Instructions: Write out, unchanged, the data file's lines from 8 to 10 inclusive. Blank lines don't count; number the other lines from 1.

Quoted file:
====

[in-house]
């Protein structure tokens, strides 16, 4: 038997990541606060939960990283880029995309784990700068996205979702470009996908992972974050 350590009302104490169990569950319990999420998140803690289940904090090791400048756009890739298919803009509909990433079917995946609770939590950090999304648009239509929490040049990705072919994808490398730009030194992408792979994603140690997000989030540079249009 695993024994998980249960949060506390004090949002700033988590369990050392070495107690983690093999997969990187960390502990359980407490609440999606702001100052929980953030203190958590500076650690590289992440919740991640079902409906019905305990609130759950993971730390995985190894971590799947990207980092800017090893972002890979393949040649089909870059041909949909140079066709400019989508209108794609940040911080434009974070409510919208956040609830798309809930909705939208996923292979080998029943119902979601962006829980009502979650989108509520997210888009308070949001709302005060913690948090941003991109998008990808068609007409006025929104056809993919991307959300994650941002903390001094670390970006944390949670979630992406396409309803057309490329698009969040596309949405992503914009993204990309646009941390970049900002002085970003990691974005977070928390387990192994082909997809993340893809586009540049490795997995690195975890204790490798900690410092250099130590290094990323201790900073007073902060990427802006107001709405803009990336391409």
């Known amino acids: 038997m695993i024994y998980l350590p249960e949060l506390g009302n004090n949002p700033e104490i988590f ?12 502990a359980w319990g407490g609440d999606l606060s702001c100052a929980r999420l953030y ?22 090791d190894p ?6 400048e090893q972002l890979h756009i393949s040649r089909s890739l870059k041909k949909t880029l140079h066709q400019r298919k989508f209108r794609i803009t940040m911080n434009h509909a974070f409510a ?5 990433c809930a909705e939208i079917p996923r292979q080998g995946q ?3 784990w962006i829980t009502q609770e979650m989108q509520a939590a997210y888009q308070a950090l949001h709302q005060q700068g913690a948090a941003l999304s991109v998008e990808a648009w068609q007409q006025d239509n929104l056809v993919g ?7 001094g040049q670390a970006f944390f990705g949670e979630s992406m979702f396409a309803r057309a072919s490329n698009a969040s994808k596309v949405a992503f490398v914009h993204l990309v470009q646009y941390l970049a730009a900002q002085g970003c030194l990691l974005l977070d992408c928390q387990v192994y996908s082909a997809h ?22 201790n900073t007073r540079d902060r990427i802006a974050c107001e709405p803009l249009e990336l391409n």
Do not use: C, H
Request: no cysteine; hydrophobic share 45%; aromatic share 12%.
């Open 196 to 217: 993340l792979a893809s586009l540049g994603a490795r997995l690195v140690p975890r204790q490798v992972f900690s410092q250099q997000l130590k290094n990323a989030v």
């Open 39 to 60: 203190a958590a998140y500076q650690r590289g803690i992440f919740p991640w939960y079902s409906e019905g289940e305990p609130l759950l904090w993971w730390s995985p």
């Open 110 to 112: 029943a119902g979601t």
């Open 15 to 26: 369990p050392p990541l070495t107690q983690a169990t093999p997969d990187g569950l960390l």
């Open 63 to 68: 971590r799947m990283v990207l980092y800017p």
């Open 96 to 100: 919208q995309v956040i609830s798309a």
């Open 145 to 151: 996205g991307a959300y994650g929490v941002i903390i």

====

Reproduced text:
């Open 110 to 112: 029943a119902g979601t």
């Open 15 to 26: 369990p050392p990541l070495t107690q983690a169990t093999p997969d990187g569950l960390l």
């Open 63 to 68: 971590r799947m990283v990207l980092y800017p």